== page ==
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A Q&A with Julie Huckestein, Chemeketa’s president

Julie H img_0153

By Byron Kimball

Julie Huckestein, Chemeketa’s chief financial officer, accepted a position as interim college president at the tail end of spring term.

We recently sat down with Huckestein to go over her thoughts about her new role.

Courier: So how have your first three months as interim president been?

JH: It’s been exhilarating. … It’s been a great learning experience. As chief financial officer, my role was in departments of college services. What I’ve been doing now, as interim president, is working with instructional offices and students. … I feel very supported by the staff around here. It makes it a lot easier. We have a great community.

C: This must be a huge change. Tell us something about the role that’s surprised you.

JH: It has to be the number of invitations I’m receiving (laughs). Business conferences, meetings with educational leaders … people want to talk to me, which is surprising because as vice president CFO, I was more in the background. People only contacted me when there was an emergency (laughs). You know, we’d be discussing the budget, how things were going, changes in tuition. … It was a pretty low profile job.

C: It has to be a huge shift in gears.

JH: I think it’s helped though because I’ve been at Chemeketa for 13 years. … I know people, and you can make those connections and get out there.

C: How does this compare to your experiences as a CFO?

JH: It’s a lot more public. … People really pay attention to what I say and do. Not that they didn’t before, but now people look more to me for change. I actually forget my position sometimes (laughs) because to me, I’m still part of the team.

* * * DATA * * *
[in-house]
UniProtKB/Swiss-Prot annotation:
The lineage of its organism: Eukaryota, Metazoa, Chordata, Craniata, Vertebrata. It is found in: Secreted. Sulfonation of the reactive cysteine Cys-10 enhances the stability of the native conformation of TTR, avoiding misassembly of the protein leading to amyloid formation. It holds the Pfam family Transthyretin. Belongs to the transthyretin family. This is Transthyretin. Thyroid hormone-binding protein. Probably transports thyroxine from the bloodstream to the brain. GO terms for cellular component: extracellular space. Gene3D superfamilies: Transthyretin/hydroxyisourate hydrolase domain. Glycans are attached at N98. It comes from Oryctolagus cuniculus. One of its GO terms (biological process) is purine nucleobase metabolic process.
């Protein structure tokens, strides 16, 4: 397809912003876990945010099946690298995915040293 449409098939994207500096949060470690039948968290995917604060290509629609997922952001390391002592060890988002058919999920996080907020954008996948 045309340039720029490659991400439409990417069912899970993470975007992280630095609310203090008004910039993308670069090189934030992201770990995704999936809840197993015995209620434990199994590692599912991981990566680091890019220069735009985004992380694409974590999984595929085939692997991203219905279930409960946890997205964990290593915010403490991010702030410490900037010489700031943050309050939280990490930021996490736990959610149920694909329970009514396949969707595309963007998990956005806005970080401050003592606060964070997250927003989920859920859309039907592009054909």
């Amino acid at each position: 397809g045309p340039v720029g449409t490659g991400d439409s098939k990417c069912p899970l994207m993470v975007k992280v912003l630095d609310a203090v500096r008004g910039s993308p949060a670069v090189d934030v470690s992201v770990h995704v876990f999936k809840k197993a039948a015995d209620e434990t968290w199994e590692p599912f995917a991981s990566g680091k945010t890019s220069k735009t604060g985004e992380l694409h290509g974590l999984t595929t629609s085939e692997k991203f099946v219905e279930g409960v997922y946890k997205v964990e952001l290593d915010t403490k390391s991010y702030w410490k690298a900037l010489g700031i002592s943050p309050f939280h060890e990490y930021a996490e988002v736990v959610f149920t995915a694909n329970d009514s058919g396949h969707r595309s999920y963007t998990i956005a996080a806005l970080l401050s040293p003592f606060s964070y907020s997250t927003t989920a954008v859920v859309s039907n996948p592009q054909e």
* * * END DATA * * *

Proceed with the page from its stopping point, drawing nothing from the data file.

C: So what drew you to working at Chemeketa?

JH: I came to Chemeketa 13 years ago, and I worked at Linn-Benton Community college for 14 years before that. I was drawn to Chemeketa because it was a larger organization, and I knew that there might be opportunity here. I wanted a change. Starting out, I learned a lot about myself and my abilities. When I came here, I started as director of business services so I’ve worked across the board. I came to a similar position here, but being a bigger campus, it was a whole set of different responsibilities. I get excited by doing new things. I consider it a learning opportunity.

C: Right.

JH: When you change from one college to another, you really have to learn the culture of the other. But education is such a great place to be able to work because we’re dedicated to helping students. And when you do that, you’re helping the future.

C: Is there anything that still surprises you about Chemeketa as a community?

JH: I can’t say anything still surprises me, but it enlightens me because what happens is that every term there’s this general sense of excitement. And that’s what’s great about working at a community college: Every term, you get to be with people who want to do something with their lives. They’re excited about being here.

C: What’s something you like to do when you’re not at Chemeketa?

JH: I have two grandchildren, and I love to spend time with them. I’m very family oriented. I’m a native Oregonian, so my husband and I love camping. I love to read. And I’m starting to learn how to kayak. I like to cook, too, but I don’t get to do that much anymore. Everyone has busy lives.

C: What’s something about you that most people don’t know?

JH: I’m a first-generation college student, the first one to graduate in my family.

C: Do you have a favorite story about your time about Chemeketa?

JH: Let’s see … we just had kick-off week. It was fun to watch the Storm extravaganza … and a staff bowling game. People dress up in costumes, and I was part of the Wannabees. We were bumblebees, and I was Jewel. My real name was Jewel. That’s another thing most people don’t know about me. Julie always stuck.

C: You sound optimistic. It’s important to be optimistic; it makes it easier to get by every day.

JH: Well, thank you. I appreciate you sitting down with me.

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